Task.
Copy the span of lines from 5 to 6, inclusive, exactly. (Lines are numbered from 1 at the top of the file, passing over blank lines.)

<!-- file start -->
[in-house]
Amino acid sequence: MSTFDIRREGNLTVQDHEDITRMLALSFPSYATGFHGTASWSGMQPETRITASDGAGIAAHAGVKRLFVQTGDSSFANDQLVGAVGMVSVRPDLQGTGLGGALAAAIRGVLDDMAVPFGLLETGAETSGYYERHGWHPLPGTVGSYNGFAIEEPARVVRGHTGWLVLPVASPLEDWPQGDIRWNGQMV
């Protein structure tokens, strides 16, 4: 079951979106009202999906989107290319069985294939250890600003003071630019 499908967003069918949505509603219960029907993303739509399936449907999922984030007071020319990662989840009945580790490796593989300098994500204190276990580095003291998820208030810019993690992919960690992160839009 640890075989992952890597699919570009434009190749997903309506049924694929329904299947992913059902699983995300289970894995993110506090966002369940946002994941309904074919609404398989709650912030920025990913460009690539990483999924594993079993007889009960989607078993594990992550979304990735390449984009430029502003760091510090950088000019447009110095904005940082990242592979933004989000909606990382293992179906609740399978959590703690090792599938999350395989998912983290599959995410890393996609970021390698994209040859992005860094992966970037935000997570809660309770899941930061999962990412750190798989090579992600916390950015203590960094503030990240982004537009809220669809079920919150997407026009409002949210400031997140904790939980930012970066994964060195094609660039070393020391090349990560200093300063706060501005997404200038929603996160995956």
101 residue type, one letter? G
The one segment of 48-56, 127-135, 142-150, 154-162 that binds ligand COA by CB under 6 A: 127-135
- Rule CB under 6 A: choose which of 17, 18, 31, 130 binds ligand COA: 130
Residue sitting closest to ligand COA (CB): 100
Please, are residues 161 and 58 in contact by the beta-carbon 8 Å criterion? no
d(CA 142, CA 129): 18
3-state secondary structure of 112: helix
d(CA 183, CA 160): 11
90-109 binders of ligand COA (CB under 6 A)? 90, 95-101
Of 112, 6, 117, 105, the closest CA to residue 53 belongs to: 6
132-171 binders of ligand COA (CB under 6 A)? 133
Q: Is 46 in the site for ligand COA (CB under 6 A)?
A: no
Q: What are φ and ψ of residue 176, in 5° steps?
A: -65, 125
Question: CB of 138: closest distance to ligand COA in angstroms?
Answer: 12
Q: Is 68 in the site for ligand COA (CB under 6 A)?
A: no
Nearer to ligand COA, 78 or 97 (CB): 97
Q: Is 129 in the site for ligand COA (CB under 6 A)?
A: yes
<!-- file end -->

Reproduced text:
The one segment of 48-56, 127-135, 142-150, 154-162 that binds ligand COA by CB under 6 A: 127-135
- Rule CB under 6 A: choose which of 17, 18, 31, 130 binds ligand COA: 130